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Combustion smoke-induced inflammation in the olfactory bulb of adult rats.

Zou YY, Yuan Y, Kan EM, Lu J, Ling EA - J Neuroinflammation (2014)

Bottom Line: The results showed a significant increase in VEGF, iNOS, eNOS, nNOS, NKCC1, and GFAP expression in the bulb tissues, with corresponding increases in inflammatory cytokines and chemokines after smoke inhalation.Concurrent to this was a drastic increase in AQP4 expression and RITC permeability.This was coupled with a significant reduction in incidence of TUNEL + cells that was not altered with administration of L-NG-nitroarginine methyl ester (L-NAME).

View Article: PubMed Central - PubMed

ABSTRACT

Background: The damaging effect of combustion smoke inhalation on the lung is widely reported but information on its effects on the olfactory bulb is lacking. This study sought to determine the effects of smoke inhalation on the olfactory bulb, whose afferent input neurons in the nasal mucosa are directly exposed to external stimuli, such as smoke.

Methods: Adult male Sprague-Dawley rats were subjected to combustion smoke inhalation and sacrificed at different time points. Changes in olfactory bulb proteins including vascular endothelial growth factor (VEGF), inducible nitric oxide synthase (iNOS), endothelial nitric oxide synthase (eNOS), neuronal nitric oxide synthase (nNOS), Na+-K+-Cl- cotransporter 1 (NKCC1), glial fibrillary acidic protein (GFAP), and aquaporin-4 (AQP4) were evaluated by Western blot analysis. In addition, ELISA was conducted for cytokine and chemokine levels, and double immunofluorescence labeling was carried out for GFAP/VEGF, GFAP/AQP4, NeuN/nNOS, GFAP/NKCC1, NeuN/NKCC1, GFAP/Rhodamine isothiocyanate (RITC), and transferase dUTP nick end labeling (TUNEL). Aminoguanidine was administered to determine the effects of iNOS inhibition on the targets probed after smoke inhalation.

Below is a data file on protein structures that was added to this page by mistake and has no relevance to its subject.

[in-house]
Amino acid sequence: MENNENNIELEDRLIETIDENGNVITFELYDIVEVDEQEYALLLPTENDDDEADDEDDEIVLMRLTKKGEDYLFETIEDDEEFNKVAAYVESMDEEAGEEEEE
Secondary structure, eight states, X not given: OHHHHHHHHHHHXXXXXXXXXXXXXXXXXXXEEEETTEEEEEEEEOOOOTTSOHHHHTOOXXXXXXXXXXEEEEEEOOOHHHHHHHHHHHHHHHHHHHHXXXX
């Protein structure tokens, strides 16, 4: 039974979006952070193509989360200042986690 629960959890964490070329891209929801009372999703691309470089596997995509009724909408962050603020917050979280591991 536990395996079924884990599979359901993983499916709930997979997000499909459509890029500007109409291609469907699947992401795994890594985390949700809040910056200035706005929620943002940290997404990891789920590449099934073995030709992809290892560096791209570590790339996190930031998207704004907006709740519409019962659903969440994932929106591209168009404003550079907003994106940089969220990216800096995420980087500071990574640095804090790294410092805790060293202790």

Results: The results showed a significant increase in VEGF, iNOS, eNOS, nNOS, NKCC1, and GFAP expression in the bulb tissues, with corresponding increases in inflammatory cytokines and chemokines after smoke inhalation. Concurrent to this was a drastic increase in AQP4 expression and RITC permeability. Aminoguanidine administration decreased the expression of iNOS and RITC extravasation after smoke inhalation. This was coupled with a significant reduction in incidence of TUNEL + cells that was not altered with administration of L-NG-nitroarginine methyl ester (L-NAME).

Conclusions: These findings suggest that the upregulation of iNOS in response to smoke inhalation plays a major role in the olfactory bulb inflammatory pathophysiology, along with a concomitant increase in pro-inflammatory molecules, vascular permeability, and edema. Overall, these findings indicate that the olfactory bulb is vulnerable to smoke inhalation.

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Extravasation of RITC (red) in the olfactory bulb of the C group (A-C), the SI + S group at 24 h (D-F), and the SI + AG group at 24 h (G-I). In the C group, the olfactory bulb tissue emits very weak RITC fluorescence (B,C), which is also detected in GFAP-labeled astrocytes (arrow) in B. In the SI + S group and at 3 h after RITC administration, RITC fluorescence (asterisks) appears to permeate the neuropil (D-F). In some areas, extravasated RITC superimposes with the blood vessels (arrowhead) (F,I). In the SI + AG group, RITC leakage is moderately reduced, as shown by the attenuated fluorescence (G-I). Scale bar =20.0 μm).
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Fig10: Extravasation of RITC (red) in the olfactory bulb of the C group (A-C), the SI + S group at 24 h (D-F), and the SI + AG group at 24 h (G-I). In the C group, the olfactory bulb tissue emits very weak RITC fluorescence (B,C), which is also detected in GFAP-labeled astrocytes (arrow) in B. In the SI + S group and at 3 h after RITC administration, RITC fluorescence (asterisks) appears to permeate the neuropil (D-F). In some areas, extravasated RITC superimposes with the blood vessels (arrowhead) (F,I). In the SI + AG group, RITC leakage is moderately reduced, as shown by the attenuated fluorescence (G-I). Scale bar =20.0 μm).

Mentions: In the control group, RITC extravasation was not evident in the different layers of the olfactory bulb (Figure 10B). RITC was barely detected in GFAP-labeled astrocytes in the C group (Figure 10A-C). In the SI + S group, the olfactory bulb tissue was inundated with RITC dye, which permeated the entire neuropil (Figure 10E). In some areas, extravasated RITC overlapped with the blood vessels, as revealed by GFAP immunofluorescence labeling (Figure 10F,I). The extravasated RITC appeared to be internalized by the astrocytes, as demonstrated by its colocalization with GFAP. In the SI + AG group, RITC leakage was only moderately reduced (Figure 10H).Figure 10